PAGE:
Iraqi and American archaeologists are digging at one of the world’s oldest urban centers—and finding evidence of the earliest long-distance commerce.
UR, IRAQThe bleak and tawny desert of southern Iraq is a strange place to find dark tropical wood. Even stranger, this sliver of ebony—no longer than a little finger—came from distant India 4,000 years ago.
Archaeologists recently found the small artifact deep in a trench among the ruins of what was the world’s first great cosmopolitan city, providing a rare glimpse into an era that marked the start of the global economy.
Mentioned in the Bible as the hometown of Abraham, Ur around 2000 B.C. was the center of a wealthy empire that drew traders from as far away as the Mediterranean Sea, 750 miles to the west, and the Indus civilization—called Meluhha by ancient Iraqis—some 1,500 miles to the east.
“There are texts that speak about the ‘black wood of Meluhha,’” saidElizabeth Stone of the State University of New York at Stony Brook, who is co-leading the Ur excavations. “But this is our first physical evidence.”
In the 1920s and 1930s, British archaeologist Leonard Woolley dug up some 35,000 artifacts from Ur, including the spectacular remains of a royal cemetery that included more than 2,000 burials and a stunning array of gold helmets, crowns, and jewelry that date to about 2600 B.C. At the time, the discovery rivaled that of King Tut’s tomb in Egypt.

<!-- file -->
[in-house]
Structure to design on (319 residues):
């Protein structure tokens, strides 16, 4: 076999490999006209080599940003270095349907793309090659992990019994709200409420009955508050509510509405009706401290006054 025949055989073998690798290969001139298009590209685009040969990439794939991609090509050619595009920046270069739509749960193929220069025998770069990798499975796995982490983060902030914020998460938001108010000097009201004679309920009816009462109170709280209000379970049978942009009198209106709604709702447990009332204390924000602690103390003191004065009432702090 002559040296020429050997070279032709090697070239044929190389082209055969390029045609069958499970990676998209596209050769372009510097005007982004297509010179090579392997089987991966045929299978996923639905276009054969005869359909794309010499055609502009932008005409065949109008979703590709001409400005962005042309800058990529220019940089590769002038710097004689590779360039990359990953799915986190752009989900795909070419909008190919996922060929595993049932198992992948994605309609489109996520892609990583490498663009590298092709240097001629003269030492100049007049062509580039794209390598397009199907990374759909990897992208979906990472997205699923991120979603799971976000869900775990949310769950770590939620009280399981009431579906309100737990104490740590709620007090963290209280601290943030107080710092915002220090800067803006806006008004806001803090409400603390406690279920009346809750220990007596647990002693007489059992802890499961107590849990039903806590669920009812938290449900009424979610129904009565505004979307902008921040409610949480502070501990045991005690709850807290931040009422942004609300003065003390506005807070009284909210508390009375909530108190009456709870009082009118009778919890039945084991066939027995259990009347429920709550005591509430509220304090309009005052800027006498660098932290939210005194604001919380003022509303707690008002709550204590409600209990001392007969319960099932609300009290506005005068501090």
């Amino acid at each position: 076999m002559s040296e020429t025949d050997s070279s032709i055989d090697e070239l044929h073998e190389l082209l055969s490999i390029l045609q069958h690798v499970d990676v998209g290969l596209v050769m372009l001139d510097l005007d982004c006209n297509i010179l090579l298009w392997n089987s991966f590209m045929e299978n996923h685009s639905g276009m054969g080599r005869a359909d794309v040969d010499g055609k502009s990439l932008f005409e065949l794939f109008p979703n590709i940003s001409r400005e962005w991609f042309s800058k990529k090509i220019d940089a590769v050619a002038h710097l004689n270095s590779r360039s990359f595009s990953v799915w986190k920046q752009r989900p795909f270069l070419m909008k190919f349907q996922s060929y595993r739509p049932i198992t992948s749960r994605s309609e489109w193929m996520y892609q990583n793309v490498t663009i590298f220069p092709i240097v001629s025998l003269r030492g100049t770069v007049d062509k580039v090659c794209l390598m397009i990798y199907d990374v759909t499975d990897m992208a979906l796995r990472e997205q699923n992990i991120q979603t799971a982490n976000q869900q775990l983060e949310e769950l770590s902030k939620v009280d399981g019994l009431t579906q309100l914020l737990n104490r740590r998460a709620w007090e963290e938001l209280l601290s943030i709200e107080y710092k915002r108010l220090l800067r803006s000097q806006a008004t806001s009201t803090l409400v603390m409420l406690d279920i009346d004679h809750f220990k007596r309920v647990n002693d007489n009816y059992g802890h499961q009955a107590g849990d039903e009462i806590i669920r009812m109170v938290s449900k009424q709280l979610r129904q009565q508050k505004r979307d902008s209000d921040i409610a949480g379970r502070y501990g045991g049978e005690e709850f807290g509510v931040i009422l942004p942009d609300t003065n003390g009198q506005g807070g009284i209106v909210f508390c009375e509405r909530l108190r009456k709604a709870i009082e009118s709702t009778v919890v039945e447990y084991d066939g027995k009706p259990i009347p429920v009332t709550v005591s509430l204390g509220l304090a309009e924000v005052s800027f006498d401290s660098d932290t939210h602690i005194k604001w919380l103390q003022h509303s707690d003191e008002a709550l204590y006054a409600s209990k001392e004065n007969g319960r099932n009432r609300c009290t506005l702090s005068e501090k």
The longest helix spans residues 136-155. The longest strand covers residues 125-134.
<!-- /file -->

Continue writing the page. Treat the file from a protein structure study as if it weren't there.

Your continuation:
But Ur and most of southern Iraq has been off limits to most archaeologists during the past half-century of war, invasion, and civil strife. A joint U.S.-Iraqi team reopened excavations there last fall, digging at the site for ten weeks.
Unlike earlier generations, today’s archaeologists are less interested in breathtaking gold objects than in clues like the bit of ebony that will help them understand more fully this critical time in human history.
Although now situated on a flat and dry plain, Ur once was a bustling port on the Euphrates River laced with canals and filled with merchant ships, warehouses, and weaving factories. A massive stepped pyramid, or ziggurat, rose above the city and still dominates the landscape today.
Ur emerged as a settlement more than 6,000 years ago and grew to prominence in the Early Bronze Age that began about a thousand years later. Some of the earliest known writing—called cuneiform—has been uncovered at Ur, including seals that mention the city.
But the real heyday came around 2000 B.C., when Ur dominated southern Mesopotamia after the fall of the Akkadian Empire. The sprawling city was home to more than 60,000 people, and included quarters for foreigners as well as large factories producing wool clothes and carpets exported abroad. Traders from India and the Persian Gulf crowded the busy wharves, and caravans arrived regularly from what is now northern Iraq and Turkey.